This is the third installment of the five-part blog series about the The All-New Open Learning Environment.At Training Magazine Network, we capture the crumbs of insights as they happen. This level of self-awareness enables our members to keep track of their train of thought. While in webinars, reading white papers, watching videos, etc., members can quickly record the ripple of their insights. They also encourage real-time noting, sharing and tracking of other members' insights. Savor the moment. As members go through all types of content that they find interesting through the help of a powerful search engine, they are constantly encouraged to record their insights as it happens. The key idea is to allow them to document what piqued their interest at the moment. Their learning preferences and interest areas are captured by the system. This provides them a unique perspective of their pursuit of expertise.Why Evaluate Insight?The idea behind evaluating one's insight is established by a huge quantum of studies. Organizations discover that giving appropriate feedback enhances personnel's ability to grow. As a matter of fact, neglecting a good evaluation or feedback mechanism is a recipe for disaster. According to Jane Bozarth "We often treat evaluation as an afterthought, focus on measures that offer little real information, or, when the effort looks difficult, just don't do evaluation at all. In looking at evaluation strategies, choose those that will get you what you need. Are you trying to prove results, or drive improvement? And above all, remember: some evaluation is better than none."  A founder of Triad Consulting Group and a lecturer at Harvard Law School, Sheila Heen delivers a talk on the importance of feedback. Giving the right kind of feedback takes center stage in sharing and tracking of other people's insights.Technology-Enhanced Feedback MechanismThere are a lot of advantages in using technology as a feedback mechanism. First of all, the time and distance constraint is easily overcome. A good LMS (Learning Management System) can easily incorporate feedback mechanisms like forums where learners can discuss the ripples of insight.Through this mechanism, peer learners can easily assess and give feedback on each other's ideas. This can be personalized even in a large group. On top of that, real-time tracking of feedback is easy with fast data transfer.   The Training Magazine Network is soon to release the first-of-its kind member service we call Path to Expertise or Path2X. It incorporates a technology-enhanced feedback mechanism.  References Jane Bozarth. Nuts and Bolts: How to Evaluate e-Learning. OCTOBER 5, 2010 evaluate-e-learning   Jane Bozarth. Nuts and Bolts: Useful Interactions and Meaningful Feedback. DECEMBER 7, 2010. bolts-useful-interactions-and-meaningful-feedback    Sarah Davis. Effective Assessment in a Digital Age. Effective Assessment in a Digital Age. asd/media/documents/programmes/elearning/digiassass_eada.pdf    Effective assessment in a digital age. release-effective-assessment-in-a-digital-age-06-sep-2010   Ray Jimenez, PhDVignettes Learning"Helping Learners Learn Their Way"Ray Jimenez, PhD Vignettes Learning Learn more about story and experience-based eLearning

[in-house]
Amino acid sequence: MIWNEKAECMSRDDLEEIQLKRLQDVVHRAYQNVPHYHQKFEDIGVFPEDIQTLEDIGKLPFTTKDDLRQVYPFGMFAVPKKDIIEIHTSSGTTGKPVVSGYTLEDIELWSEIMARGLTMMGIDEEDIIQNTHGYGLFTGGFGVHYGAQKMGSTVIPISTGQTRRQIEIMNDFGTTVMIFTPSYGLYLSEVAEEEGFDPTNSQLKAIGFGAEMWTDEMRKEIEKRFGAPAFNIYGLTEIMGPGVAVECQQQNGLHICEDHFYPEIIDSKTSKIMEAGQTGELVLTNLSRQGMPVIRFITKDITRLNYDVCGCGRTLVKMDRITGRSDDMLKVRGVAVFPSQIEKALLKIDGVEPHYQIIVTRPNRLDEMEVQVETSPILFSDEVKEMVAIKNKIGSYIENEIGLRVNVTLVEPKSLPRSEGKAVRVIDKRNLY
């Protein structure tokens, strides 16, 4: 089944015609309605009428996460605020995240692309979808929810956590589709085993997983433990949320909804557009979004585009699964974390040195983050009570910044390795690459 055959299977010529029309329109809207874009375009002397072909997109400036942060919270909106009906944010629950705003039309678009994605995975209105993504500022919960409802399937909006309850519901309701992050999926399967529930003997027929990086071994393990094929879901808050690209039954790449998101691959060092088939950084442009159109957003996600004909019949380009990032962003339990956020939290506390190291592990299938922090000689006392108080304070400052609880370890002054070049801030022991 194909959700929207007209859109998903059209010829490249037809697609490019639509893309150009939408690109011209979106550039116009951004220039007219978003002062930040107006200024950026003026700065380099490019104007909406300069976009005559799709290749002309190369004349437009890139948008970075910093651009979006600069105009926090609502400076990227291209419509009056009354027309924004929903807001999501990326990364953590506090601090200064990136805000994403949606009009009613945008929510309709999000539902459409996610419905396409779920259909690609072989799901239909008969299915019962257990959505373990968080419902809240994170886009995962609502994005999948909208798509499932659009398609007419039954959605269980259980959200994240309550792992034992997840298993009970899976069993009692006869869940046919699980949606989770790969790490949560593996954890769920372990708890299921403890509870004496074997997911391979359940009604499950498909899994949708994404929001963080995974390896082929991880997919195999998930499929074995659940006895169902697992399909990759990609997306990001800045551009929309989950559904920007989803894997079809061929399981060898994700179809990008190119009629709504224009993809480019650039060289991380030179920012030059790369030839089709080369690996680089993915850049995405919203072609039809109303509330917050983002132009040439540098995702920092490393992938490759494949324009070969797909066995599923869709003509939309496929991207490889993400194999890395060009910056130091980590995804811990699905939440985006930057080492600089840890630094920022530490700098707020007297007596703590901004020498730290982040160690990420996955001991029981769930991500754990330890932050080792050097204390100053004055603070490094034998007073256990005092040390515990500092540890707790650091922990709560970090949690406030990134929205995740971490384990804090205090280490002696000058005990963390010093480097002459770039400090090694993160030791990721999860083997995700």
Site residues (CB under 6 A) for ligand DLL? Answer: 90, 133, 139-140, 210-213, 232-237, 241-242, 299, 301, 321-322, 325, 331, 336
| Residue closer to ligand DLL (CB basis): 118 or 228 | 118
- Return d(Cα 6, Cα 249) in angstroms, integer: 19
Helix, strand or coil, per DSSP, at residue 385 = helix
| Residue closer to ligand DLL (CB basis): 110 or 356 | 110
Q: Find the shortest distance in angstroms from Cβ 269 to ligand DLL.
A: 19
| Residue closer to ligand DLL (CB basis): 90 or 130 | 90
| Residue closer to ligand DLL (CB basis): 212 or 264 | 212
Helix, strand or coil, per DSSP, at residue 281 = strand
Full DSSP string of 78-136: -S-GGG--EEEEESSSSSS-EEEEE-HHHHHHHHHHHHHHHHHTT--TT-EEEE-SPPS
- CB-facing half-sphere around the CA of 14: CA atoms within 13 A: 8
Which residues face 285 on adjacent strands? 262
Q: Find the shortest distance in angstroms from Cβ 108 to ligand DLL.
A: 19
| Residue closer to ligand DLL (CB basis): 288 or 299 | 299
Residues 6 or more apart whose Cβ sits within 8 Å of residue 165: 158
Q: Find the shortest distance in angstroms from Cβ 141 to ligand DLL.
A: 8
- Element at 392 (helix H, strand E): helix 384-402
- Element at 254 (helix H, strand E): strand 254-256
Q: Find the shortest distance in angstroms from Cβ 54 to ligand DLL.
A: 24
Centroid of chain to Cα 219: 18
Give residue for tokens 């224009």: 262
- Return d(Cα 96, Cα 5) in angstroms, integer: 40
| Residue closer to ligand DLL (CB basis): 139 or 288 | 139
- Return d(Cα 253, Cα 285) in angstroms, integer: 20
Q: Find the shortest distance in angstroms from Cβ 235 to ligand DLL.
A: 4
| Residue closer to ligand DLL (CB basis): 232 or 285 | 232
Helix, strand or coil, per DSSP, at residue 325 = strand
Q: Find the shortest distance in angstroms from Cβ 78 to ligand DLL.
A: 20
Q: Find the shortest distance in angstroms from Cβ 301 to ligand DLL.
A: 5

Ray Jimenez   .   Blog   .   <span class='date' tip=''><i class='icon-time'></i>&nbsp;Sep 27, 2016 09:54am</span>